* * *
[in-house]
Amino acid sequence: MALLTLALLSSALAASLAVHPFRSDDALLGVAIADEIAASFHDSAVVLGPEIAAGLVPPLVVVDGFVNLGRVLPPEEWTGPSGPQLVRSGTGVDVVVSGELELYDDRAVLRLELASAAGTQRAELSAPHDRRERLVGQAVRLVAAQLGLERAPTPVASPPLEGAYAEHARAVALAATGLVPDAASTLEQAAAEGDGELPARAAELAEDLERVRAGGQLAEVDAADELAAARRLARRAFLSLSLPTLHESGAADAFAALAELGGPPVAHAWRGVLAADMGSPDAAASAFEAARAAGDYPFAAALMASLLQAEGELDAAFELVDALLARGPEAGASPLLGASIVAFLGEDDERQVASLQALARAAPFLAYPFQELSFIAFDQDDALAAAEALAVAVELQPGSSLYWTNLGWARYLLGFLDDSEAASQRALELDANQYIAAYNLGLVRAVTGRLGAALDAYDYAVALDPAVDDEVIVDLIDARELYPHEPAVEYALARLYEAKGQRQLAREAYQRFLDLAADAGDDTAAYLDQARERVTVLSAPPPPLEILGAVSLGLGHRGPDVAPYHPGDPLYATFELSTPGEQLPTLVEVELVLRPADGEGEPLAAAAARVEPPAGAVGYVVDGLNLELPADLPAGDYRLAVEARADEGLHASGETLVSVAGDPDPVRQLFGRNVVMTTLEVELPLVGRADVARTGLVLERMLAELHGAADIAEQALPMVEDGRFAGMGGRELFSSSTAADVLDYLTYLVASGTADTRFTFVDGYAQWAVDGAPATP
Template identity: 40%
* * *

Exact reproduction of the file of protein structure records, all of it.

[in-house]
Amino acid sequence: MALLTLALLSSALAASLAVHPFRSDDALLGVAIADEIAASFHDSAVVLGPEIAAGLVPPLVVVDGFVNLGRVLPPEEWTGPSGPQLVRSGTGVDVVVSGELELYDDRAVLRLELASAAGTQRAELSAPHDRRERLVGQAVRLVAAQLGLERAPTPVASPPLEGAYAEHARAVALAATGLVPDAASTLEQAAAEGDGELPARAAELAEDLERVRAGGQLAEVDAADELAAARRLARRAFLSLSLPTLHESGAADAFAALAELGGPPVAHAWRGVLAADMGSPDAAASAFEAARAAGDYPFAAALMASLLQAEGELDAAFELVDALLARGPEAGASPLLGASIVAFLGEDDERQVASLQALARAAPFLAYPFQELSFIAFDQDDALAAAEALAVAVELQPGSSLYWTNLGWARYLLGFLDDSEAASQRALELDANQYIAAYNLGLVRAVTGRLGAALDAYDYAVALDPAVDDEVIVDLIDARELYPHEPAVEYALARLYEAKGQRQLAREAYQRFLDLAADAGDDTAAYLDQARERVTVLSAPPPPLEILGAVSLGLGHRGPDVAPYHPGDPLYATFELSTPGEQLPTLVEVELVLRPADGEGEPLAAAAARVEPPAGAVGYVVDGLNLELPADLPAGDYRLAVEARADEGLHASGETLVSVAGDPDPVRQLFGRNVVMTTLEVELPLVGRADVARTGLVLERMLAELHGAADIAEQALPMVEDGRFAGMGGRELFSSSTAADVLDYLTYLVASGTADTRFTFVDGYAQWAVDGAPATP
Template identity: 40%